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    @Glorfindel Twice in the past I've been notified of that. When I went to ask a new question a warning popped up saying "Your recent questions have not been well-received (1 vote or less). If this continues your account is subject to suspension." (something to that effect) – thanby Jan 10 '17 at 19:24
  • @thanby If you have a demonstrated history of not providing useful answers you're unable to post more answers, likewise, if you have a demonstrated history of not asking good questions, you're not able to ask more questions. – Servy Jan 10 '17 at 19:54
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    @thanby "[...] a warning popped up saying [...]" -- I suspect that the warning, if it directly mentions votes or scores at all, actually refers to -1 score or less, rather than "1 vote or less", though I can't be fully sure of that (I have never seen the warning itself, and none of the quotes/screenshots I have found in Meta mention votes or scores directly). It would be astonishing if questions with +1 score were considered as not well-received for suspension purposes. – duplode Jan 10 '17 at 22:21
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    Wait, what? How on earth can this be a duplicate of a post about imminent question/answer bans? – dorukayhan wants Monica back Jan 11 '17 at 19:14
  • Yeah I am actually suggesting we change it somehow. That guy's question got answered pretty thoroughly when someone did the math for him, but in my case it's not very clear, and that's not what my question is about anyways. – thanby Jan 11 '17 at 22:04
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There are 2 phases of question lifetime - initial answering and subsequent visit from searches.

During initial answering it is very hard to estimate usefulness of the question, only quality (MCVE, research shown, readable text). So at that stage questions get usually small amount of votes (under 10 positive or negative). Some questions also get upvotes for being extremely interesting (rare case).

During second stage (let's say week after being asked) people searching for answer to particular problem will fine question from search engines and presumable upvote if they found it useful. There is essentially no limit how many votes question gets at that stage (100+ is not unusual).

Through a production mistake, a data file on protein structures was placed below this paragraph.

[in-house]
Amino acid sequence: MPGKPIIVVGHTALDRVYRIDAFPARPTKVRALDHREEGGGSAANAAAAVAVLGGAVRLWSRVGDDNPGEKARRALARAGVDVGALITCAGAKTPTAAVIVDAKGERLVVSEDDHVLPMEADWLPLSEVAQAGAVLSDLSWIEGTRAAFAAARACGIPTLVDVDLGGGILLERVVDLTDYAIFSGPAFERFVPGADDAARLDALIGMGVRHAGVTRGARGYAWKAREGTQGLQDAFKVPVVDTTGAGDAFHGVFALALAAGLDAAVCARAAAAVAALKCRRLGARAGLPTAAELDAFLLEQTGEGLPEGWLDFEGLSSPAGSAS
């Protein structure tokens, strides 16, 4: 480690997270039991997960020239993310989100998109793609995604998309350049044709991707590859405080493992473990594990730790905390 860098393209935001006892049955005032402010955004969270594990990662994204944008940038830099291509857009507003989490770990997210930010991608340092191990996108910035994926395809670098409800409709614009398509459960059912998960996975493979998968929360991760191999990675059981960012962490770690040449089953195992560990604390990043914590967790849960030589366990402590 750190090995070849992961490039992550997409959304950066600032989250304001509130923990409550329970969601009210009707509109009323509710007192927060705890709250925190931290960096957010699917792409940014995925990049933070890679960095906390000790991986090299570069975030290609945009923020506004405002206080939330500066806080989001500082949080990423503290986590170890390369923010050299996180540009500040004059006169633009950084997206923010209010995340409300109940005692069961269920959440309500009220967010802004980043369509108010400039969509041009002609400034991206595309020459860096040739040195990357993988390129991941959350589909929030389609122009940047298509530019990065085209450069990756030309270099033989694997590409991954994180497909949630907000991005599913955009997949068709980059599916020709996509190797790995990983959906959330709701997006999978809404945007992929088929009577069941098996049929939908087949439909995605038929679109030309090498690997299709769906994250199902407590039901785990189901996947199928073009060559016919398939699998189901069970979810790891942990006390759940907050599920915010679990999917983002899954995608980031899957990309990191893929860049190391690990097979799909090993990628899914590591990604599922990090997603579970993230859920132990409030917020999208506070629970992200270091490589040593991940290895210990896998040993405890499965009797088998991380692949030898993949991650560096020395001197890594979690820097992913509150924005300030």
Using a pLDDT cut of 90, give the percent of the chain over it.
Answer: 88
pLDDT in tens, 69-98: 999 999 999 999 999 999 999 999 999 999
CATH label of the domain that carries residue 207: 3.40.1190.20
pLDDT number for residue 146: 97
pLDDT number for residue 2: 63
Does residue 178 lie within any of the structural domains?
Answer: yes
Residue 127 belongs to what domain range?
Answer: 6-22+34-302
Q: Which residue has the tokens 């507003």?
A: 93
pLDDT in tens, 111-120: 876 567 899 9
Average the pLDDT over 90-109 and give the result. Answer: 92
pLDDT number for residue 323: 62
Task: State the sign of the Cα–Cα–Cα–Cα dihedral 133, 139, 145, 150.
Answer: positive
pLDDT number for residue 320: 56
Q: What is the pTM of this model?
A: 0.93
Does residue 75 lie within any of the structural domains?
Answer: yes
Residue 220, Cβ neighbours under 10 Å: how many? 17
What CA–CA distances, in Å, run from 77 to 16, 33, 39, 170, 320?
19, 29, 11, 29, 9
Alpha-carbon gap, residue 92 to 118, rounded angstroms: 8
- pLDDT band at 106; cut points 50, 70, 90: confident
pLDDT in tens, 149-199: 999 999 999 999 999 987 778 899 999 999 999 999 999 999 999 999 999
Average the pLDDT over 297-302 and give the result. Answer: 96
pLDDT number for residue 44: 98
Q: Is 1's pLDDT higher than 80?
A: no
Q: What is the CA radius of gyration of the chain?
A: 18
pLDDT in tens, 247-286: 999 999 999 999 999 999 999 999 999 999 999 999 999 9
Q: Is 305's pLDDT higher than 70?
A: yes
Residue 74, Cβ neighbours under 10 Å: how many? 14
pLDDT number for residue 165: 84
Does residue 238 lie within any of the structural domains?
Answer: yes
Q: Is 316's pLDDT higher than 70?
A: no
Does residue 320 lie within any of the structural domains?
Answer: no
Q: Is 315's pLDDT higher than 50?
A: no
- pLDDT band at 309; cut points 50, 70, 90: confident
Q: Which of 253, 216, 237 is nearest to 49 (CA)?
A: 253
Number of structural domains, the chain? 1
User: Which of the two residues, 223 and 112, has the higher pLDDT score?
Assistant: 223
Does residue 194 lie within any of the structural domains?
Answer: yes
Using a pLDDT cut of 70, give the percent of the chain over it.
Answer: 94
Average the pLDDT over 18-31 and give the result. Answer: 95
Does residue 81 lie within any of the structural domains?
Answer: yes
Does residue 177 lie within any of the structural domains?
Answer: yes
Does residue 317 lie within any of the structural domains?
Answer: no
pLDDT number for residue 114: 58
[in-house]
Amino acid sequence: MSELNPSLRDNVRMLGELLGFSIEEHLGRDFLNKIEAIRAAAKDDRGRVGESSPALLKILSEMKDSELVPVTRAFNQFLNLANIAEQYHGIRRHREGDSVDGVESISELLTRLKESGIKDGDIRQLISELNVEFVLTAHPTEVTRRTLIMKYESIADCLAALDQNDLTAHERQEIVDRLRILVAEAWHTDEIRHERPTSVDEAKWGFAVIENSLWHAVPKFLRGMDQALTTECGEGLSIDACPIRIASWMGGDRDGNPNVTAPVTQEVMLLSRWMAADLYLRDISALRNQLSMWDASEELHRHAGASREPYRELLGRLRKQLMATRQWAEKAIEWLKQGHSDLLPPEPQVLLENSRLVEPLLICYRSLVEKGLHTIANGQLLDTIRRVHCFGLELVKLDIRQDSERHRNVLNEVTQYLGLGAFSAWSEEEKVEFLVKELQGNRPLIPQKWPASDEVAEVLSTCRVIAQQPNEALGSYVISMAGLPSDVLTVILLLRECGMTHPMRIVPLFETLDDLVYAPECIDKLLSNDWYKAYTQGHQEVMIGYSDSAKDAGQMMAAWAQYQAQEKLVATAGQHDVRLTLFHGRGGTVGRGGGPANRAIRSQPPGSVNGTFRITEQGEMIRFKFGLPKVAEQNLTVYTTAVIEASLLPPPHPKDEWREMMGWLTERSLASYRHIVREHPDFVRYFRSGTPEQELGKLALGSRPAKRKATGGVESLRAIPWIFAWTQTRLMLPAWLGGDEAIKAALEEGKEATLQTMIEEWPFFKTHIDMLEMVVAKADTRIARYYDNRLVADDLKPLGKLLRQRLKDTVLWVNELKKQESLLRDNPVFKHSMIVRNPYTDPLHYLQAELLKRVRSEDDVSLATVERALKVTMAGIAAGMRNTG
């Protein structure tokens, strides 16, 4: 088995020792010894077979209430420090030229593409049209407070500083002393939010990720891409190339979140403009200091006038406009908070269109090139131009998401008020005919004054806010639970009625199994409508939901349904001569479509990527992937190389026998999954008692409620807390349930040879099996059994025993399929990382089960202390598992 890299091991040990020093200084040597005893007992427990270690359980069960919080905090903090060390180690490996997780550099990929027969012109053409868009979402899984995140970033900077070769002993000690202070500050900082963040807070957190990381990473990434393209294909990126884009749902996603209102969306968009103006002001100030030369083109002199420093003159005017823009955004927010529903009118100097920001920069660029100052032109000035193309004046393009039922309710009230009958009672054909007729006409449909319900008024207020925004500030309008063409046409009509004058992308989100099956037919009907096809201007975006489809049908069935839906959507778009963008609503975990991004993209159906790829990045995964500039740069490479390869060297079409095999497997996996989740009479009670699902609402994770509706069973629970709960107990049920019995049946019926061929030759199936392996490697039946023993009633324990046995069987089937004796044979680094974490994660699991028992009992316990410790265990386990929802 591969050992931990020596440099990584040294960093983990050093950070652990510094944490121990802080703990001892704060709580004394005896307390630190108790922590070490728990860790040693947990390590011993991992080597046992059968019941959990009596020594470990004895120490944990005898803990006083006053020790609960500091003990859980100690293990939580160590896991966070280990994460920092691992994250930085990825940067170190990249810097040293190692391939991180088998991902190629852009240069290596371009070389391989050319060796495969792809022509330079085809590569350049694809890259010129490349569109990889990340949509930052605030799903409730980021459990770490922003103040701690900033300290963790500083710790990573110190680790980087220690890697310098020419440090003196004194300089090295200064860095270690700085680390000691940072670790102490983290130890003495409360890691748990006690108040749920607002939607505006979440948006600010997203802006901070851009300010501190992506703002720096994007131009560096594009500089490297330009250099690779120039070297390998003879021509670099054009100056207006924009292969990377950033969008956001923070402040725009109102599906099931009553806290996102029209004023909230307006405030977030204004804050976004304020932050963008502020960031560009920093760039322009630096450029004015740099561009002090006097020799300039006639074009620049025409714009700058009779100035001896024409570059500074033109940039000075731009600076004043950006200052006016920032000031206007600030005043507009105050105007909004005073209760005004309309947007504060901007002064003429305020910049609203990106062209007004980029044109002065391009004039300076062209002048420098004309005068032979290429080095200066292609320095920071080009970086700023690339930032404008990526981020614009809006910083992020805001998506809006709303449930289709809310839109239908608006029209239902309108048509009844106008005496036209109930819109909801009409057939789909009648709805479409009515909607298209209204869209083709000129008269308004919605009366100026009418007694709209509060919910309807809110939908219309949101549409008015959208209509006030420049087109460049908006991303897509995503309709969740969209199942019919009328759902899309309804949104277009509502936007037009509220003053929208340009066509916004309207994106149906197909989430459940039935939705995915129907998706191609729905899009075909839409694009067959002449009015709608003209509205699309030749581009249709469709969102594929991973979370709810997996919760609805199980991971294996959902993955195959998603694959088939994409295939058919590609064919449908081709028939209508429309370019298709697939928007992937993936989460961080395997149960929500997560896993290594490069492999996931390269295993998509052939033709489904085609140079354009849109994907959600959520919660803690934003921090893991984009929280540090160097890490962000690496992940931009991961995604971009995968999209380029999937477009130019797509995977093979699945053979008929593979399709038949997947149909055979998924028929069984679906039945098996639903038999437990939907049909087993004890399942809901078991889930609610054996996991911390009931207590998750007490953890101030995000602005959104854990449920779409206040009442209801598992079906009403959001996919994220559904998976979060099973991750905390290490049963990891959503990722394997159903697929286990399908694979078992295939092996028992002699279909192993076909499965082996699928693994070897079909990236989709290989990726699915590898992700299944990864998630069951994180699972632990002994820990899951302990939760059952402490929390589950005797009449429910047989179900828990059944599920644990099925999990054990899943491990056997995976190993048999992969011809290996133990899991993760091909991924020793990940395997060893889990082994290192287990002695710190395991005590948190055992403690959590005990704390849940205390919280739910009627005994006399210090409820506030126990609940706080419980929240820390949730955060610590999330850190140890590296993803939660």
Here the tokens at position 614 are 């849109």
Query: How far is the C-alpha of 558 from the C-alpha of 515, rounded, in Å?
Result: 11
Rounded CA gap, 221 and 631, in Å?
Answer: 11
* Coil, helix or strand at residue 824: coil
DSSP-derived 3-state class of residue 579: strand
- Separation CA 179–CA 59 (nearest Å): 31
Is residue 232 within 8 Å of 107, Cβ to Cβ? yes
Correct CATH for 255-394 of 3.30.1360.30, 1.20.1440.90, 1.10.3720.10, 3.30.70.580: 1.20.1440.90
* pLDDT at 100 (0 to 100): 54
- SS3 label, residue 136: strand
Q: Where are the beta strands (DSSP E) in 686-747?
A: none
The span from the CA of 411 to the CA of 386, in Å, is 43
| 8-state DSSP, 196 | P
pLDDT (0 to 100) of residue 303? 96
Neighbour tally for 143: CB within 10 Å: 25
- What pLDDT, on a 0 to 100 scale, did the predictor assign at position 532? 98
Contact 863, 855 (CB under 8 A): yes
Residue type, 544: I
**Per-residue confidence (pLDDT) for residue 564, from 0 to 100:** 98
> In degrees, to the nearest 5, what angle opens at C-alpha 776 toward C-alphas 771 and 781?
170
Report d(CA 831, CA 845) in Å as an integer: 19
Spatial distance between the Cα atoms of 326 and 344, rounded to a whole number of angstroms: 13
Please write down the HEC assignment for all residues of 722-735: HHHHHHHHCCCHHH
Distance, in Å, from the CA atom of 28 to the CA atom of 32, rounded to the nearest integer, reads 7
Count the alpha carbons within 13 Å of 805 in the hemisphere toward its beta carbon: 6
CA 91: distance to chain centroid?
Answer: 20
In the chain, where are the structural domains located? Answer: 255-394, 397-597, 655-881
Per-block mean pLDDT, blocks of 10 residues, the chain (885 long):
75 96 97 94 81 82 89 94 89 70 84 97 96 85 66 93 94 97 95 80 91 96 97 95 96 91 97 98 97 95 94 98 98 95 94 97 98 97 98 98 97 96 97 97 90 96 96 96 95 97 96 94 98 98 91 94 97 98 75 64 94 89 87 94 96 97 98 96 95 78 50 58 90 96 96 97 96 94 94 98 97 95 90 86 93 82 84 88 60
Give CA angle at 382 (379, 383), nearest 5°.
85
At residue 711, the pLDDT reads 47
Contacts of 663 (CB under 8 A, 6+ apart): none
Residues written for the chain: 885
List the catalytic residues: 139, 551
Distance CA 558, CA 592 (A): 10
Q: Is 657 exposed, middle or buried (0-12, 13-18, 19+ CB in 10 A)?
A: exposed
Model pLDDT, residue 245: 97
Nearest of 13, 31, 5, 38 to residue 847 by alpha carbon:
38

What you can do about it: vote on quality when answering, vote on usefulness if found question while researching your problem. If asking question that is essentially useful just to you - make sure question is of high initial quality as it is less likely such post get many visitors in the future.

  • This is a good general guideline, but it's not helpful to new users who don't necessarily understand what a "high-quality" question is. If we want questions to be perfectly written, users should be handed a guidebook or some examples first, because the current method of "hey maybe you should check out the FAQ" isn't doing a great job. – thanby Jan 10 '17 at 19:31
  • Also random search hits can't vote unless they make an account, so 90%+ of the people who come across your question won't contribute anyway. – thanby Jan 10 '17 at 19:32
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    But how much of that "isn't doing a great job" is the fault of the FAQ, and how much is it the fault of the lazy-ass people who don't bother to read or apply it? Going off my own experiences, I know which one my money's on. I don't believe it's that hard to ask a good question, people generally just don't like being told they haven't done something right, so they become indignant and resistant to the very concept of improvement. If you can find a way to fix that attitude, great, let's do it! Then we can talk about the attitudes of the volunteer experts giving their time up for free.... – Clive Jan 10 '17 at 19:47
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    @thanby Users are told up front that the site has strict quality standards, and given lots of information on what those standards are and how to ask good questions. People ignore that information anyway, because they don't care, they just want Teh Codez given to them. – Servy Jan 10 '17 at 19:55